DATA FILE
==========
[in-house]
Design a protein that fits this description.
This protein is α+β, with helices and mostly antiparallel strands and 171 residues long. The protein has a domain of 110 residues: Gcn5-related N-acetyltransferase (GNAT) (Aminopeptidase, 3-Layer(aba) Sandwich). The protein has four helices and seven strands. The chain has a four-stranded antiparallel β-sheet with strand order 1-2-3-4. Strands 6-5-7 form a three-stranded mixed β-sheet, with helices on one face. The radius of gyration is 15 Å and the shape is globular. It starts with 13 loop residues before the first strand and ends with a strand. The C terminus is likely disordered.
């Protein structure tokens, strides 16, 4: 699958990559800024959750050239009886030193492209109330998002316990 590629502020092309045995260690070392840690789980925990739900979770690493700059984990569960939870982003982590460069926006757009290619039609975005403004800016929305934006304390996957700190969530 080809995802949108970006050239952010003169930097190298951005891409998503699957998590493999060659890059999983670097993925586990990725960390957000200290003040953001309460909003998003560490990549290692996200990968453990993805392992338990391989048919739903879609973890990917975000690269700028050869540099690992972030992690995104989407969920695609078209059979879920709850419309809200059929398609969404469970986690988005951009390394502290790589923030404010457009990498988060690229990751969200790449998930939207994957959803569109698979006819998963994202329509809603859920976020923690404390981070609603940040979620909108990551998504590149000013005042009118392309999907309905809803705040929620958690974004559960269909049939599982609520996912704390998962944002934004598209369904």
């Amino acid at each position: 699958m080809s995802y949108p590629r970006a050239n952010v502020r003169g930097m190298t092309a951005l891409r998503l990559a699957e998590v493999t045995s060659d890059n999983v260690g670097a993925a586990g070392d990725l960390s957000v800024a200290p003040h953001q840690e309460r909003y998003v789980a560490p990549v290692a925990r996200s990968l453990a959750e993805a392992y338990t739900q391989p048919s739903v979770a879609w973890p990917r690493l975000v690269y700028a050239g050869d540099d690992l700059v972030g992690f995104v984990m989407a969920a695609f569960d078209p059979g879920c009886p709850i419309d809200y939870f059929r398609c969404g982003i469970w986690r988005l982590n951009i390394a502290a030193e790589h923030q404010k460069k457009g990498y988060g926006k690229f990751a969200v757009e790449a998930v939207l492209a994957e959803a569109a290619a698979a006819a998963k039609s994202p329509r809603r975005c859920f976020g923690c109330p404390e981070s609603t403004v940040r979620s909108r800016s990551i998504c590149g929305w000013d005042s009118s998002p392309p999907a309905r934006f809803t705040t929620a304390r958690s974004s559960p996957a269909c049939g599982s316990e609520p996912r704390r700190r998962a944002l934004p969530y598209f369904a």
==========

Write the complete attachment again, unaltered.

[in-house]
Design a protein that fits this description.
This protein is α+β, with helices and mostly antiparallel strands and 171 residues long. The protein has a domain of 110 residues: Gcn5-related N-acetyltransferase (GNAT) (Aminopeptidase, 3-Layer(aba) Sandwich). The protein has four helices and seven strands. The chain has a four-stranded antiparallel β-sheet with strand order 1-2-3-4. Strands 6-5-7 form a three-stranded mixed β-sheet, with helices on one face. The radius of gyration is 15 Å and the shape is globular. It starts with 13 loop residues before the first strand and ends with a strand. The C terminus is likely disordered.
């Protein structure tokens, strides 16, 4: 699958990559800024959750050239009886030193492209109330998002316990 590629502020092309045995260690070392840690789980925990739900979770690493700059984990569960939870982003982590460069926006757009290619039609975005403004800016929305934006304390996957700190969530 080809995802949108970006050239952010003169930097190298951005891409998503699957998590493999060659890059999983670097993925586990990725960390957000200290003040953001309460909003998003560490990549290692996200990968453990993805392992338990391989048919739903879609973890990917975000690269700028050869540099690992972030992690995104989407969920695609078209059979879920709850419309809200059929398609969404469970986690988005951009390394502290790589923030404010457009990498988060690229990751969200790449998930939207994957959803569109698979006819998963994202329509809603859920976020923690404390981070609603940040979620909108990551998504590149000013005042009118392309999907309905809803705040929620958690974004559960269909049939599982609520996912704390998962944002934004598209369904």
């Amino acid at each position: 699958m080809s995802y949108p590629r970006a050239n952010v502020r003169g930097m190298t092309a951005l891409r998503l990559a699957e998590v493999t045995s060659d890059n999983v260690g670097a993925a586990g070392d990725l960390s957000v800024a200290p003040h953001q840690e309460r909003y998003v789980a560490p990549v290692a925990r996200s990968l453990a959750e993805a392992y338990t739900q391989p048919s739903v979770a879609w973890p990917r690493l975000v690269y700028a050239g050869d540099d690992l700059v972030g992690f995104v984990m989407a969920a695609f569960d078209p059979g879920c009886p709850i419309d809200y939870f059929r398609c969404g982003i469970w986690r988005l982590n951009i390394a502290a030193e790589h923030q404010k460069k457009g990498y988060g926006k690229f990751a969200v757009e790449a998930v939207l492209a994957e959803a569109a290619a698979a006819a998963k039609s994202p329509r809603r975005c859920f976020g923690c109330p404390e981070s609603t403004v940040r979620s909108r800016s990551i998504c590149g929305w000013d005042s009118s998002p392309p999907a309905r934006f809803t705040t929620a304390r958690s974004s559960p996957a269909c049939g599982s316990e609520p996912r704390r700190r998962a944002l934004p969530y598209f369904a």